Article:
The Cairo Criminal Court rejected the appeal of the former parliamentarian accused in the Great Antiquities case, Alaa Hassanein, known as “the deputy of the jinn and the demons.”
The appeal against the Public Prosecution’s order to detain him in custody pending the case, in which he is accused with businessman Hassan Ratib, and 17 others, was rejected, and the court ordered his detention for 45 days pending investigations.
And last June, the Public Prosecutor ordered the detention of 19 defendants in pretrial detention for excavating, trafficking and smuggling antiquities outside the country, as the Public Prosecution received investigations from the Anti-Public Funds Crimes Department, which resulted in a gang formation consisting of 19 people trading in looted antiquities, embezzled by operations Funded exploration and drilling in separate areas throughout the republic, in order to sell it inside the country and smuggle it abroad for the same purpose, so the Public Prosecution began investigations.
The Public Prosecution issued a warrant for the arrest of the accused, Alaa Hassanein, the leader of the gang formation, and another accused last June, when coins were found in his possession, suspected of antiquity.
Statues, stones, coins and collectibles suspected of antiquity were also found in the car in which he was traveling, and by interrogating the accused about what was attributed to him from his gang formation management for the purpose of smuggling antiquities outside the country, and conducting excavations to excavate, smuggle and trade in them, he denied all the accusations, and denied his connection to the seizures and his connection to the rest of the accused except seized with him.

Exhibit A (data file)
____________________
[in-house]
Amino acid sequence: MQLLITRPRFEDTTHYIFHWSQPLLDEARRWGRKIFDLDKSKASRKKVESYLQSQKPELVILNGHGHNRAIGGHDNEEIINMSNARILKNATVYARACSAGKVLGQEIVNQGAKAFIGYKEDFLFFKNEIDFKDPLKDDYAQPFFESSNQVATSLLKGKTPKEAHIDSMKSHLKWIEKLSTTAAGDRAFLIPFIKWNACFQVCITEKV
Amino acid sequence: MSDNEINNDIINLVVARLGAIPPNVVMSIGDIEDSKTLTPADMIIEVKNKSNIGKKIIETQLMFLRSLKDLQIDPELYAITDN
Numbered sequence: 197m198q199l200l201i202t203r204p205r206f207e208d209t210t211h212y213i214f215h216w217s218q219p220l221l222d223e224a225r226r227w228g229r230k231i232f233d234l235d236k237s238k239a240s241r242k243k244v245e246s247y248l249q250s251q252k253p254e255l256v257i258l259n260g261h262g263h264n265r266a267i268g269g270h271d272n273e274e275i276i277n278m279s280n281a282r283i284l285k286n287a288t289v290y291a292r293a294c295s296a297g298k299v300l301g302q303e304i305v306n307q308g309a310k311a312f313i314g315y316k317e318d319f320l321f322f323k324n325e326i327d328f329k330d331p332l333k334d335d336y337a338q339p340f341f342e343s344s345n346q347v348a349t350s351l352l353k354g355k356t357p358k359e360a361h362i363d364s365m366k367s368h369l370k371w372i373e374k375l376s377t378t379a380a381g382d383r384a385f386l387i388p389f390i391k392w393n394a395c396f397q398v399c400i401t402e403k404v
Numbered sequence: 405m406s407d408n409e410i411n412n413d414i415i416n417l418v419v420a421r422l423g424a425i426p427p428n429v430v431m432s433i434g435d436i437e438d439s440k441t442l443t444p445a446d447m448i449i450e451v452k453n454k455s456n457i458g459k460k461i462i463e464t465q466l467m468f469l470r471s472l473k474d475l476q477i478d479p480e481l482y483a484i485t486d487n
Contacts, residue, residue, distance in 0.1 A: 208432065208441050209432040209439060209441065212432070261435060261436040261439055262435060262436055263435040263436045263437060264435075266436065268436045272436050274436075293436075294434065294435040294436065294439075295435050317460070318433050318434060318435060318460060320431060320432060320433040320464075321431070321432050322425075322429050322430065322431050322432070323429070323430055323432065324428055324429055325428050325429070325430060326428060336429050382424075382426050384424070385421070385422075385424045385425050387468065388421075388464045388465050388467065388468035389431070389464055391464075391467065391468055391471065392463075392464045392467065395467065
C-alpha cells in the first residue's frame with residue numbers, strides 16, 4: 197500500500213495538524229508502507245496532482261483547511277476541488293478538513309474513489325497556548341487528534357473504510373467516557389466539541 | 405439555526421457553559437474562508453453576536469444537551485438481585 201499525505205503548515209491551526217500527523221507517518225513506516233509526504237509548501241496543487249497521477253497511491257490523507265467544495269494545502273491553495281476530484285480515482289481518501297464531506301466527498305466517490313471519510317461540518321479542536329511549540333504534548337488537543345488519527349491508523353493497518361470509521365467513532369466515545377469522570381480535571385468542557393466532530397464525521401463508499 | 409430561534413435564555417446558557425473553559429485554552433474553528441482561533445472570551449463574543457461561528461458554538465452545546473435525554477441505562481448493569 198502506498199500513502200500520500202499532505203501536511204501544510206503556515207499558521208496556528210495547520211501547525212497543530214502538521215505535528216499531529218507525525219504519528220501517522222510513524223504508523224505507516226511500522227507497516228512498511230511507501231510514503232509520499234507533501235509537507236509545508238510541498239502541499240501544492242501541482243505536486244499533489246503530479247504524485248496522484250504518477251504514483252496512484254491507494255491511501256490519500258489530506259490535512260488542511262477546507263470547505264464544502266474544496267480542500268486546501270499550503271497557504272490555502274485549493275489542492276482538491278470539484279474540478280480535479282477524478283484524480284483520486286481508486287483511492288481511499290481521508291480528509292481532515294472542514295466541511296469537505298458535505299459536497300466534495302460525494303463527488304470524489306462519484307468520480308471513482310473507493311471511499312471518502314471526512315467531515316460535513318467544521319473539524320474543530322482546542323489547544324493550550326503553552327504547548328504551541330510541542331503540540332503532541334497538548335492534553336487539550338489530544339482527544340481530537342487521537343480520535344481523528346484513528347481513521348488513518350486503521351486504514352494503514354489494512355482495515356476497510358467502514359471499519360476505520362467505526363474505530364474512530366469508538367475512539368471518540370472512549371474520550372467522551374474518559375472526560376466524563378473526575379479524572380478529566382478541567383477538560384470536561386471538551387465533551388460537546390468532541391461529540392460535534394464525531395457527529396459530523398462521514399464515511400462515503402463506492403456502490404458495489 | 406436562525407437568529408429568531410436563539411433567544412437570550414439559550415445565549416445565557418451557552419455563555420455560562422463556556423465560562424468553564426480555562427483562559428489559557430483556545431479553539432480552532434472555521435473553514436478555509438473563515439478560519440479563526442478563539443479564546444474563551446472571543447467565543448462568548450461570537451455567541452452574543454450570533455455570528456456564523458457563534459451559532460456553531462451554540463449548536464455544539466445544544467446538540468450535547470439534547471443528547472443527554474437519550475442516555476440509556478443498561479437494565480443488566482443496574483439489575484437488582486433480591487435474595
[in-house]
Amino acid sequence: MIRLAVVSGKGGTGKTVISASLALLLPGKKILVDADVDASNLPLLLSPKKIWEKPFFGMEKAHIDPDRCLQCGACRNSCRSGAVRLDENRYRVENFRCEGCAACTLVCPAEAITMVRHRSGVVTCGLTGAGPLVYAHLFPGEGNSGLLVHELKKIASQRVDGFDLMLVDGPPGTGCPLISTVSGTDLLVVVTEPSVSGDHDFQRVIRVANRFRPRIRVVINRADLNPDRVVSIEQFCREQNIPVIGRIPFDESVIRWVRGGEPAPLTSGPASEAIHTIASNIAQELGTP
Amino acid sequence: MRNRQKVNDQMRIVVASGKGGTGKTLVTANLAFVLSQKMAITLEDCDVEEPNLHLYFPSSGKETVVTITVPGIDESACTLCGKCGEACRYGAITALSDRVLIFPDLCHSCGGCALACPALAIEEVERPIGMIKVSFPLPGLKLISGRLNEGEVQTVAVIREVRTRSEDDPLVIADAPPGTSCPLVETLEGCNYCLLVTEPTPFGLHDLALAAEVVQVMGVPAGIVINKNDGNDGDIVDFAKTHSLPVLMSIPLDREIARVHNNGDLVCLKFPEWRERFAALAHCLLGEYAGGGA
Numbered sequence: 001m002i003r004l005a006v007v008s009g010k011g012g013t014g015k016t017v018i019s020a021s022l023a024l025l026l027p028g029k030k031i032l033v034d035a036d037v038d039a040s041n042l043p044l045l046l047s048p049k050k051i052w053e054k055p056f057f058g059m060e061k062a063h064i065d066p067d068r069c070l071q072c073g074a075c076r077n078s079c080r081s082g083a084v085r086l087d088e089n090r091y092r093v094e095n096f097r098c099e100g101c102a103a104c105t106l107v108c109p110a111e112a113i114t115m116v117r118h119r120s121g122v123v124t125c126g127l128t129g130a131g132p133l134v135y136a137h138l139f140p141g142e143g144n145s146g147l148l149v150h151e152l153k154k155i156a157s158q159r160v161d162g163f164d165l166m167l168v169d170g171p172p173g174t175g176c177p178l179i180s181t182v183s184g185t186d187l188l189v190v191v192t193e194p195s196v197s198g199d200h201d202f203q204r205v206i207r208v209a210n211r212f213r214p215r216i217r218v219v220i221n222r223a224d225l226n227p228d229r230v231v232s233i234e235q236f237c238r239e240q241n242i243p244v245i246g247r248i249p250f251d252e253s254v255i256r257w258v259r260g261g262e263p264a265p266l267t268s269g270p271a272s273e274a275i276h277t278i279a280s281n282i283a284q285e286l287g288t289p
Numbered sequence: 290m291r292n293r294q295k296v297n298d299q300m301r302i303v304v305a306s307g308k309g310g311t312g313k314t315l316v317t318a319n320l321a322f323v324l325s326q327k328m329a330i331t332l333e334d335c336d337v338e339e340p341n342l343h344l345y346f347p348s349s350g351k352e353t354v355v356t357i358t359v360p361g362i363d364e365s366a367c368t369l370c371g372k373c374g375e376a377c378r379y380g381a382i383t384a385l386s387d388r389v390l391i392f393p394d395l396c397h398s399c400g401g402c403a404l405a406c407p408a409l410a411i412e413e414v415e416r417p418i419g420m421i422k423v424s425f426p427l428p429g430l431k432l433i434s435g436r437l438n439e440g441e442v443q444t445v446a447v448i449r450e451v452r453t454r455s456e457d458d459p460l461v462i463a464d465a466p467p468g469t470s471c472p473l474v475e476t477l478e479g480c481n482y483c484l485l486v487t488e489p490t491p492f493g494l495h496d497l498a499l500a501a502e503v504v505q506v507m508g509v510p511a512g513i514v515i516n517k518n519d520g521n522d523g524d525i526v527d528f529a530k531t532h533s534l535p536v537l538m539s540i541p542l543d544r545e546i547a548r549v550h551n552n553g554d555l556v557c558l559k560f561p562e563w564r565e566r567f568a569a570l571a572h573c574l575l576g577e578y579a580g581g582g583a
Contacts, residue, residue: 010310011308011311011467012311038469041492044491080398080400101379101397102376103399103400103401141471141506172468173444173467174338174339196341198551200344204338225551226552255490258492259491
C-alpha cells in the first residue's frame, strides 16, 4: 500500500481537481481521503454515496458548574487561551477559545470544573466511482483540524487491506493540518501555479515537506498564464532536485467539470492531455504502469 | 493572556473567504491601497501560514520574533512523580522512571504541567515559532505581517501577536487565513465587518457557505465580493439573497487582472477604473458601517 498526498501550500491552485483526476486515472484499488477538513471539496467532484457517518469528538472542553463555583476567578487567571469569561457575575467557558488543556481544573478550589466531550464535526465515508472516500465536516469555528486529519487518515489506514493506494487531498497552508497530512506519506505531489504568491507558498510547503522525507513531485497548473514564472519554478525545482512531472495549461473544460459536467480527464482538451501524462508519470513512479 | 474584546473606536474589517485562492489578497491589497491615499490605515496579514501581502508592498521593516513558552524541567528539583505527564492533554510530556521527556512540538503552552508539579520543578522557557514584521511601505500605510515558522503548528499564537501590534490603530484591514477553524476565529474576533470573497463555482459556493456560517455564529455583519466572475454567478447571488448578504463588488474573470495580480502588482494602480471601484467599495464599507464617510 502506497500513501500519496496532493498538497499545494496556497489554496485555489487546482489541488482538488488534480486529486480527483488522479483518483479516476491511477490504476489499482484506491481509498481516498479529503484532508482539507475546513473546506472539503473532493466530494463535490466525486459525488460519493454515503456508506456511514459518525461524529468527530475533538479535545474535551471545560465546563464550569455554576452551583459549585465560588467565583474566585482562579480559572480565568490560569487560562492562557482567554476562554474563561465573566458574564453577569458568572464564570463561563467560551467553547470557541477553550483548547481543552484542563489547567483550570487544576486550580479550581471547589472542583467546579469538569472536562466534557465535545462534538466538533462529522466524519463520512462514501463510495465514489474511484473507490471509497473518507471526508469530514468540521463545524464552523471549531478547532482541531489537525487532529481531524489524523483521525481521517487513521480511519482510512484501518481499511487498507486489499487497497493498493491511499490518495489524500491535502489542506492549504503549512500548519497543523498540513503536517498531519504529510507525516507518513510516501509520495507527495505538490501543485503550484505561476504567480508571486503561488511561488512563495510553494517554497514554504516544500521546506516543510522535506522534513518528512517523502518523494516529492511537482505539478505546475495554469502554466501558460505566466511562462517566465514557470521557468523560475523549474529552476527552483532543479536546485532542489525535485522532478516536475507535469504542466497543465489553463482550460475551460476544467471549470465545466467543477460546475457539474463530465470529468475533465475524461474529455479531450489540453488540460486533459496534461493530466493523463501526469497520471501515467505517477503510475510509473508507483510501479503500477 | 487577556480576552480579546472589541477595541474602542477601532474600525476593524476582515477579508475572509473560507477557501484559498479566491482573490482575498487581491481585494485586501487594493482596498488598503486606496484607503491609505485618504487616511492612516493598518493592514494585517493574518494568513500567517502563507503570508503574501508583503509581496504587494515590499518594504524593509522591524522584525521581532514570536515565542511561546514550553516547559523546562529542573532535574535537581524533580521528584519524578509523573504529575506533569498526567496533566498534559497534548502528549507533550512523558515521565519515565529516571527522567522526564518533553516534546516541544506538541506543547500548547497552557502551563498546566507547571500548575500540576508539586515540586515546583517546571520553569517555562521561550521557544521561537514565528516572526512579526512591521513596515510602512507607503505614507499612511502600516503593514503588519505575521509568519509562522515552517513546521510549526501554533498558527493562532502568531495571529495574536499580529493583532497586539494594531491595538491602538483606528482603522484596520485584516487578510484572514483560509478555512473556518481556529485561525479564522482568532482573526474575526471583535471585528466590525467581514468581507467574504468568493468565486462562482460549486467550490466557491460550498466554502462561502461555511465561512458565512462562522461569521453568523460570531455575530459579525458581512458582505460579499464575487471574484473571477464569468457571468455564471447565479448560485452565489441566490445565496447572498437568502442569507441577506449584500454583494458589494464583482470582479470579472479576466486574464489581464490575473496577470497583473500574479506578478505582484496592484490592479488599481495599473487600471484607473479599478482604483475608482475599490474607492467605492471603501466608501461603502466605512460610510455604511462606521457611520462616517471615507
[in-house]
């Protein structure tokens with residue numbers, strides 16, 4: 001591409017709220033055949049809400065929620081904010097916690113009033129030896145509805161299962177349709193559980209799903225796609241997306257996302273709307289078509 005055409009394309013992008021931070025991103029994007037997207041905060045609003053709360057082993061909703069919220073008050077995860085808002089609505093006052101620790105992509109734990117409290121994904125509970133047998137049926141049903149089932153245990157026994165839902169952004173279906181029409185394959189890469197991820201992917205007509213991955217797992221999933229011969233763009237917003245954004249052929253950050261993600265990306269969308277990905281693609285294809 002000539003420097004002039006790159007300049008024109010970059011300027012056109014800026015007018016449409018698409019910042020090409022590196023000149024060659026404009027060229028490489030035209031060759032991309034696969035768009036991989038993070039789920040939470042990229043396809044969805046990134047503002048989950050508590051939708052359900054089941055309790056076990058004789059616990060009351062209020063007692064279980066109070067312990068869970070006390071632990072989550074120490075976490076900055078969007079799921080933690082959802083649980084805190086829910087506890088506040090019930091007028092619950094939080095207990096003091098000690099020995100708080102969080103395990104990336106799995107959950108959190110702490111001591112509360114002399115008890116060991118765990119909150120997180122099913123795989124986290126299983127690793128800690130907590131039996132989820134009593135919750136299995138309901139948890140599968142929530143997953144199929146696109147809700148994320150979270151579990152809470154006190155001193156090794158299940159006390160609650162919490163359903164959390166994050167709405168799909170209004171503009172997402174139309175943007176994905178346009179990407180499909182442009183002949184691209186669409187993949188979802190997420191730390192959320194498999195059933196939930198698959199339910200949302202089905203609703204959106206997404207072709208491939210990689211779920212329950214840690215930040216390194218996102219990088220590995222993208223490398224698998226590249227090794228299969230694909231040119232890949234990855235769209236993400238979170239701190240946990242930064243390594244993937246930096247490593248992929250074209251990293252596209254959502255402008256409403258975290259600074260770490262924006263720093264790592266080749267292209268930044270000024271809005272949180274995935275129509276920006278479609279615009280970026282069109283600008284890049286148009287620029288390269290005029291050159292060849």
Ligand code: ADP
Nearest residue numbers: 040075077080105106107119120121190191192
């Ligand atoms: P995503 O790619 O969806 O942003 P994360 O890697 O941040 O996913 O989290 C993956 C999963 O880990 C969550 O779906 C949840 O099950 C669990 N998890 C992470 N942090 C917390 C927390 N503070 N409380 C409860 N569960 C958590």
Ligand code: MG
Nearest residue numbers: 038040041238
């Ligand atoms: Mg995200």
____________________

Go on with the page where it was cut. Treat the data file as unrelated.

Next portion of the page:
The Public Prosecution also interrogated 17 defendants, some of whom were arrested in excavation and excavation sites, in possession of suspected antiquities and tools for excavation work.
The Public Prosecution also seized 4 excavation and excavation sites, and a committee formed by the Supreme Council of Antiquities confirmed that these places are subject to the Antiquities Protection Law, as they are archaeological sites, stressing that the excavation in them was for the purpose of excavating for antiquities, and that the 227 seized pieces belong to the accused’s civilizations. Egyptian history is different between Pharaonic, Greek, Roman and Islamic history, and it is also subject to the Antiquities Protection Law.